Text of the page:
Add More Omega-3 Fatty Acids

What’s your go-to snack that gets you through all those late night study sessions? If you’re like many students, chances are it’s one that’s packed with trans and saturated fats.

The average North American diet is much higher in trans and saturated fats and is lacking in the essential omega-3 fatty acids. This is troubling, as studies have shown that high levels of these fats can actually lead to depression. The good news is, research tells us that omega-3 fatty acids have a mood-stabilizing effect that can in fact reduce feelings of anxiety and depression.

How can you add more omega-3 fatty acids to your diet? Great options include oily fish such as salmon, trout, and anchovies. If fish isn’t quite your cup of tea, try leafy green vegetables such as spinach and kale.

Choose Foods High in Antioxidants

I have some great news for you chocolate lovers: eating foods that are high in antioxidants is a great way to maintain positive mental health and wellbeing.

Antioxidants such as vitamin C, vitamin E, and beta-carotene help minimize molecules in the body known as “free radicals”. Free radicals are detrimental to our mental health, and they are one of the leading causes of major depression. The silver lining? It has been proven that antioxidants help to fight these molecules, reducing symptoms of depression and improving our overall mental health.

On top of dark chocolate, foods that are rich in these mood-boosting antioxidants include tomatoes, blueberries, cranberries, artichoke, and kidney beans.

Increase your Vitamin B12 Intake

How many nights have you stayed up late studying only to find yourself feeling a little bit down the next day?

I like to think of vitamin B12 as a “miracle” vitamin when it comes to perking up and improving your mood.

Research has found that those who have vitamin B12 deficiencies have higher levels of depression, anxiety, and irritability. Vitamin B12 reduces these feelings by producing a chemical called ‘dopamine’ in the body. Dopamine is an essential chemical that helps to regulate our emotional response, boost our happiness levels, and improve our mood altogether.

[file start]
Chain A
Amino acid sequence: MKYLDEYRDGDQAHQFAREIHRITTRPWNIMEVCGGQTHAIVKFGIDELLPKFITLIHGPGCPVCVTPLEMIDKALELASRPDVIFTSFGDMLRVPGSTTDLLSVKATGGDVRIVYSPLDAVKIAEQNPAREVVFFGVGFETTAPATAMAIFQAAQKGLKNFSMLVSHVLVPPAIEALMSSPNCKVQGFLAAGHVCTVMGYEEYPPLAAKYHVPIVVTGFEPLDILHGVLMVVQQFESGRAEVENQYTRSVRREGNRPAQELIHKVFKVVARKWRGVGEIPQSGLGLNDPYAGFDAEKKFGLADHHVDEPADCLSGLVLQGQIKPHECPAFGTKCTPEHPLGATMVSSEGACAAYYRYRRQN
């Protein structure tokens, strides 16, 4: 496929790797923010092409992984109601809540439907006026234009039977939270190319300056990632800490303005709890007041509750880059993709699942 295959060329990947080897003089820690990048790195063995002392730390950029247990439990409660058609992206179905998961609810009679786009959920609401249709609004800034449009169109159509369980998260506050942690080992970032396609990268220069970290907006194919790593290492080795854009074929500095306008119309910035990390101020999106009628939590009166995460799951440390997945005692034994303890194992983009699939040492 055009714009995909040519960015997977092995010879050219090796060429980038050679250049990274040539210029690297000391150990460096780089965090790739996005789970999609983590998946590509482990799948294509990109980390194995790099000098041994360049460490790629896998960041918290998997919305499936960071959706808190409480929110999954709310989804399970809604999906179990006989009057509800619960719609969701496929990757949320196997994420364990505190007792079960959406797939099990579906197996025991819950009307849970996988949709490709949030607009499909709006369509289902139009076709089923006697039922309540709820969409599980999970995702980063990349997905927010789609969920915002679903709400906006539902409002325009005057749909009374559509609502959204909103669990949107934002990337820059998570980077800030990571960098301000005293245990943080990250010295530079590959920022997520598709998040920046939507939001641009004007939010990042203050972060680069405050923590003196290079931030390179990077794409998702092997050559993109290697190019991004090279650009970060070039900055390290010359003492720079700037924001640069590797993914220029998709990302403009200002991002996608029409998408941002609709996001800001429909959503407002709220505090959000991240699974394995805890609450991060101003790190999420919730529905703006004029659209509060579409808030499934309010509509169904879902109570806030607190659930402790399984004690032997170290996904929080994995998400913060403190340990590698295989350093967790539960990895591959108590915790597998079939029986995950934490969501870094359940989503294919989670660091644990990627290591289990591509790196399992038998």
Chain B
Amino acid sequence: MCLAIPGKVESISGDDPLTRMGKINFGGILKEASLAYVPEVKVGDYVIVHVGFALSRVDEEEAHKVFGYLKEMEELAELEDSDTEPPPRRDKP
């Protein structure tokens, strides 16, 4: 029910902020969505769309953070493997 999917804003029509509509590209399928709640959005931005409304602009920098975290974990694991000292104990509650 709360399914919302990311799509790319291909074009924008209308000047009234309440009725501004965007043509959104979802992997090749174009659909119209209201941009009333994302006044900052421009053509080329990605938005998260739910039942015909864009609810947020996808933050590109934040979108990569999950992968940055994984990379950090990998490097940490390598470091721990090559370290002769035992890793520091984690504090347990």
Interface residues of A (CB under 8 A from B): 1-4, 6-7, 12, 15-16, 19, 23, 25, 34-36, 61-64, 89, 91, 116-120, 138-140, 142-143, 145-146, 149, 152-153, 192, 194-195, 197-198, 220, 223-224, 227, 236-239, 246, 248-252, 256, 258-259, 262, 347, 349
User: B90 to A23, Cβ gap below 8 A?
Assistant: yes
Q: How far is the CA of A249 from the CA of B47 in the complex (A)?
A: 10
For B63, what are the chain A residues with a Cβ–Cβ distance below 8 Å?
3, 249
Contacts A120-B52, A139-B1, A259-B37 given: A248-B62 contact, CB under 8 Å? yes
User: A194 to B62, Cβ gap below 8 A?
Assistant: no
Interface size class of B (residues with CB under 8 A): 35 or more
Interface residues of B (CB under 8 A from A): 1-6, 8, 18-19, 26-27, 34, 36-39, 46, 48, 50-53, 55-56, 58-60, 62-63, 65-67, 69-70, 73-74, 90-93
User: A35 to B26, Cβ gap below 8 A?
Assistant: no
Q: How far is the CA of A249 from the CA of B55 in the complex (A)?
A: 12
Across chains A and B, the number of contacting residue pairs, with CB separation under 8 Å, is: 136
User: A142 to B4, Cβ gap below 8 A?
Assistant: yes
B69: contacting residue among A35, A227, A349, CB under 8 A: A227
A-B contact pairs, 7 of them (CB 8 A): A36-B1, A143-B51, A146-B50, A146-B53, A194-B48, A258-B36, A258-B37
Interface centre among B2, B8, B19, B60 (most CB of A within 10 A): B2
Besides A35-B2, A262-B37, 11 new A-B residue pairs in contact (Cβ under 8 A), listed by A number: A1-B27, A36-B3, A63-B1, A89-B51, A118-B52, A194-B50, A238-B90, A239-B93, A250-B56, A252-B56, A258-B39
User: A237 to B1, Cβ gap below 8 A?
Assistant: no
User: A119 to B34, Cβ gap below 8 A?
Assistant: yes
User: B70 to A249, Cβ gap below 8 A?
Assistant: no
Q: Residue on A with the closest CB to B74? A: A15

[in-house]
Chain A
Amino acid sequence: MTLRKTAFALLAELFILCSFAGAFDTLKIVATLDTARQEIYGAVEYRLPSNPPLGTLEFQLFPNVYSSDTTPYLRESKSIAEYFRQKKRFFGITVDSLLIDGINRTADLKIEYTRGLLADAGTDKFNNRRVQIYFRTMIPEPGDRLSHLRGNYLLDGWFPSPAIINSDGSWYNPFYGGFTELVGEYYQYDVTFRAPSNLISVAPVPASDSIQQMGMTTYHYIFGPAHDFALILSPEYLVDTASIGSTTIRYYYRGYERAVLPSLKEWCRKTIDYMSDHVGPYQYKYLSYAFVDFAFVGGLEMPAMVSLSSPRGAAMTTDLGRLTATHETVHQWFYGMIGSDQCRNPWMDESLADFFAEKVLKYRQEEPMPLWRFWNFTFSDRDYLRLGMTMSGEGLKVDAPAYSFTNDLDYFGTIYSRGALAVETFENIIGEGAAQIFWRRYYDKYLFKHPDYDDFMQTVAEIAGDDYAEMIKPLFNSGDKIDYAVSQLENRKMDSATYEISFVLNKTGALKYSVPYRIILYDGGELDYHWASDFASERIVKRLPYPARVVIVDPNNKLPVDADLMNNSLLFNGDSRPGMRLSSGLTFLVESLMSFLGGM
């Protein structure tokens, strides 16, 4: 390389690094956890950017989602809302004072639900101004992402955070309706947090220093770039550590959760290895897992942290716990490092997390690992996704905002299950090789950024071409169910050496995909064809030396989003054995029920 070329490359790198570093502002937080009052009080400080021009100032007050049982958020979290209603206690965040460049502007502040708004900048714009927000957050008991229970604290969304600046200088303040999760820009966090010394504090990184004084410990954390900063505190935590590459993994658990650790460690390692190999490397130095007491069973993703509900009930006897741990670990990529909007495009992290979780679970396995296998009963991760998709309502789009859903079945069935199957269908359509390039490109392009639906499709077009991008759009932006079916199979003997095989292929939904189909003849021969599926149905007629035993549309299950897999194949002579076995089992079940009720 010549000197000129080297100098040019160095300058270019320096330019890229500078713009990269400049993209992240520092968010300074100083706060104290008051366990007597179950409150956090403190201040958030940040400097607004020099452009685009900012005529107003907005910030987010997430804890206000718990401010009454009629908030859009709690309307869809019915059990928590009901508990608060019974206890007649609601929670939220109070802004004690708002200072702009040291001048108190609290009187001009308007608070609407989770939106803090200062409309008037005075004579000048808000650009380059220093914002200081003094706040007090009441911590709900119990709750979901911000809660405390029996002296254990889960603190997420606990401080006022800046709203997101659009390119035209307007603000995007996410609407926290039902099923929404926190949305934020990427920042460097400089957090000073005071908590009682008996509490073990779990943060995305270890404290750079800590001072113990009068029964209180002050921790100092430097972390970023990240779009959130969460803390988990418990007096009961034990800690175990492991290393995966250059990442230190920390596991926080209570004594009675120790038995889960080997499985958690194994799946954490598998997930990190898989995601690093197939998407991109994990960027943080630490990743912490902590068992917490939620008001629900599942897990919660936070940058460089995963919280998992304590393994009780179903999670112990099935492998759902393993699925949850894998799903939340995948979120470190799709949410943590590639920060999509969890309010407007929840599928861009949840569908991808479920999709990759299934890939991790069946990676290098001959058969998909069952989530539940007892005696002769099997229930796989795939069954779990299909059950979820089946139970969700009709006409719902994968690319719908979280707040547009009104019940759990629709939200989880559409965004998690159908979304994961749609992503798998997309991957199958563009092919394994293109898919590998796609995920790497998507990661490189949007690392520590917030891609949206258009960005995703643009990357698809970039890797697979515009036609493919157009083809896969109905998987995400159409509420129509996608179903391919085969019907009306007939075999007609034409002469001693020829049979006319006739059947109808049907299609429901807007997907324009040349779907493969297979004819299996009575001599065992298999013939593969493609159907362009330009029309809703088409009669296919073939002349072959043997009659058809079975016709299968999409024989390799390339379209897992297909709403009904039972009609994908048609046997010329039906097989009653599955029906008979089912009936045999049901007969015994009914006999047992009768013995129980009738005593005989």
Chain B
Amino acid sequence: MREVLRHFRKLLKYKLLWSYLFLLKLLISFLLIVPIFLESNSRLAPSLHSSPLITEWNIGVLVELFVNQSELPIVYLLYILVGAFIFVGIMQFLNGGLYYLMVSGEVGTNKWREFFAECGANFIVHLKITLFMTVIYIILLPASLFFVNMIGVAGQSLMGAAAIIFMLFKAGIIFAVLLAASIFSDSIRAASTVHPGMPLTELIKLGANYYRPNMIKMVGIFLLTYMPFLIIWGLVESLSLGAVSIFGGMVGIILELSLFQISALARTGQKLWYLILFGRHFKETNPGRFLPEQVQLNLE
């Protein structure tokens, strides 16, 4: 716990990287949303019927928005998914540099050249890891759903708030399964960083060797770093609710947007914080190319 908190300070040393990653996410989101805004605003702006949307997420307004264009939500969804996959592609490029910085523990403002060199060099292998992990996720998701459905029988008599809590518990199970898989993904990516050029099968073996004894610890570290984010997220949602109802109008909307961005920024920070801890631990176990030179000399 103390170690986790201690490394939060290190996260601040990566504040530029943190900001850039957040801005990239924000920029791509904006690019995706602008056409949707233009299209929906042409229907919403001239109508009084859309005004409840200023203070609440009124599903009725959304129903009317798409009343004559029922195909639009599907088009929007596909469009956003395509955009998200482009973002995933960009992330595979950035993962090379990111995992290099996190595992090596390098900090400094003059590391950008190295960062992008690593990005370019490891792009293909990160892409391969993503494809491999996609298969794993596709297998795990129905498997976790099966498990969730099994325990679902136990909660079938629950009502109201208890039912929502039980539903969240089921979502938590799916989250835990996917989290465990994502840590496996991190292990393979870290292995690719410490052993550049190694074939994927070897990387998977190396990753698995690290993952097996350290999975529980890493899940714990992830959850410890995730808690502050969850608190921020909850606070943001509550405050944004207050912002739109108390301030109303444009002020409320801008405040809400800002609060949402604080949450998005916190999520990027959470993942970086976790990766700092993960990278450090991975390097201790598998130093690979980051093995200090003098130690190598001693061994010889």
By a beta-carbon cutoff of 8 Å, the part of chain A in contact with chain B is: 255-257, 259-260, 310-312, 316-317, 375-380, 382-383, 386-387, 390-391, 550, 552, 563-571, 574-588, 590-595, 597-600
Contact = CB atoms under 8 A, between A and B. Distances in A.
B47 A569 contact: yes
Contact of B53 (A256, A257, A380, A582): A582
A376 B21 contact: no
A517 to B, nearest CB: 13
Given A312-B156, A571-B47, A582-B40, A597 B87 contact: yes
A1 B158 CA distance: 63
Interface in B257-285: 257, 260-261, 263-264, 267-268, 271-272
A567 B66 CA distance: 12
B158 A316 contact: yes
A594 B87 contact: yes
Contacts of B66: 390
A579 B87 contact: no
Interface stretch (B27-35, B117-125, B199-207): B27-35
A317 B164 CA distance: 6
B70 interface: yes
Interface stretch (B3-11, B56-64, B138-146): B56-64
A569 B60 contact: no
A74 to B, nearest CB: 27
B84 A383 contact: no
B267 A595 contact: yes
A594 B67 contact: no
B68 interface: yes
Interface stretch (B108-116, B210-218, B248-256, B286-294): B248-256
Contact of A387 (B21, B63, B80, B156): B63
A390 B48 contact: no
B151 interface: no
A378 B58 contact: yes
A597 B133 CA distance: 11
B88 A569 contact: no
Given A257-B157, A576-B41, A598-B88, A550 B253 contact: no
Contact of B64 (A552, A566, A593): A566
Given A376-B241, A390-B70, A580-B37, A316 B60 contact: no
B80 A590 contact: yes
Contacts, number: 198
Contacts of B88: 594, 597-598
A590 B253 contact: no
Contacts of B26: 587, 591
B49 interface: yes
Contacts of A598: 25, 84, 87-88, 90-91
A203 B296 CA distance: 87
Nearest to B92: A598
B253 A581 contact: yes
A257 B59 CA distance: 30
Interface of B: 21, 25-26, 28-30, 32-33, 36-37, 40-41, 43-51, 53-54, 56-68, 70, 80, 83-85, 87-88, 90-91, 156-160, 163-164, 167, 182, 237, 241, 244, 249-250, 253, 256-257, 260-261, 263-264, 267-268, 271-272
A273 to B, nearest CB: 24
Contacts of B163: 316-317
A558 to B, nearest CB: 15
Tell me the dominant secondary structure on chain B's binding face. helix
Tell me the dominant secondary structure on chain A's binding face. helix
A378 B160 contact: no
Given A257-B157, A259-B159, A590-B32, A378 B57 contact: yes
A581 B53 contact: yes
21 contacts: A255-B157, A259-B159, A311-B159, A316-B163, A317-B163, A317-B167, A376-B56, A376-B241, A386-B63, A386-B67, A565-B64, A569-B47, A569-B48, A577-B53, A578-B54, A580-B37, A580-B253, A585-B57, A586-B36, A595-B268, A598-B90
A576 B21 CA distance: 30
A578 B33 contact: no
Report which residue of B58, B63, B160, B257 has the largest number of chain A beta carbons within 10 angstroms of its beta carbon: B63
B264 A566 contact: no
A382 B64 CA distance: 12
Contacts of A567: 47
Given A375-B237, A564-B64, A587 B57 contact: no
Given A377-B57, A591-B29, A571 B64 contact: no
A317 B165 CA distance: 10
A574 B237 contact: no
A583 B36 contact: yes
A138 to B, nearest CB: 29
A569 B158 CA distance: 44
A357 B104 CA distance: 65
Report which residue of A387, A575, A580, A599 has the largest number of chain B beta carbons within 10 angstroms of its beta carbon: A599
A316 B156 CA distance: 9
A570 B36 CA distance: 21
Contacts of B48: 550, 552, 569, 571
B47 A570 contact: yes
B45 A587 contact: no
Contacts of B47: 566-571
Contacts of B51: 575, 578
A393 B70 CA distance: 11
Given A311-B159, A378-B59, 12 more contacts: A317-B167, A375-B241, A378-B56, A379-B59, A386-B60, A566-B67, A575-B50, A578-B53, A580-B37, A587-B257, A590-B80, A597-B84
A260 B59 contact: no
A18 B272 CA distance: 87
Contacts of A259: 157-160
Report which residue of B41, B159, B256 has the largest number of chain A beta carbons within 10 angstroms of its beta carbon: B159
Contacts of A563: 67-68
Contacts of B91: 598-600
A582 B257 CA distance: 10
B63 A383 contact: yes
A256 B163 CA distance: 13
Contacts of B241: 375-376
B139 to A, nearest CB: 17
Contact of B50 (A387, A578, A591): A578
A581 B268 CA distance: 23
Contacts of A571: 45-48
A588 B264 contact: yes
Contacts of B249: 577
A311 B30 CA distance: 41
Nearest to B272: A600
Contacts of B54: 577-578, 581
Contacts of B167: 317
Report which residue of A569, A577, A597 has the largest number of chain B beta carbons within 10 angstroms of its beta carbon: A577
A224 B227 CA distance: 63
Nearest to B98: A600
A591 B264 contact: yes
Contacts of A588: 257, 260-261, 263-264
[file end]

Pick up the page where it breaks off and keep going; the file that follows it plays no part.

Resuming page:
To add more vitamin B12 to your diet, try eating more fish, beef, eggs, cheese, and milk.

Go for the Good Bacteria

Did you know that not all bacteria are bad bacteria? It’s true – eating foods that are high in ‘probiotic’ bacteria is a great way to improve your mental health.

Studies have confirmed that probiotics reduce inflammation as well as increase serotonin production within the body. This is great for your mental health, as inflammation causes higher levels of depression and stress, while serotonin helps boost your happiness levels. By consuming probiotics, you are effectively giving your body a natural antidepressant.

If you’re looking to add more depression-fighting probiotics to your diet, try making yogurt your snack of choice.

As a post-grad many, many, many years ago, I understand how busy your days on campus can get. It’s often much easier to choose quick, “on-the-go” snacks than to make a wholesome, nutritious meal. But if improving your mental health and wellbeing is something you value, consider taking that extra time. You’ll feel a whole lot better about it – inside and out.

To learn more about how you can improve your mental health through your diet, check out our Online and Telephonic Nutritional Service through your Student or Employee Assistance Program.


Leave a comment

You Are What You Eat

aspiria healthy eatingFor many of us, we associate eating with weight and body image, but supplying our body with the right types of food is so much more than that! Eating a balanced diet, full of the necessary vitamins and nutrients that your body needs, will help prevent disease, stay energized, and improve your mood.

Unfortunately, a majority of the population is not fueling their bodies with the right foods, instead opting for unhealthy, (albeit tasty or satisfying) substitutes. And like the old saying goes, you are what you eat! What does this mean exactly? Your body, (mood included) is a direct reflection of what you’re putting into it.

This week, I would like to focus on what simple things you can change about your diet to improve your body, mind and spirit.

What to eliminate:

  • Foods high in fat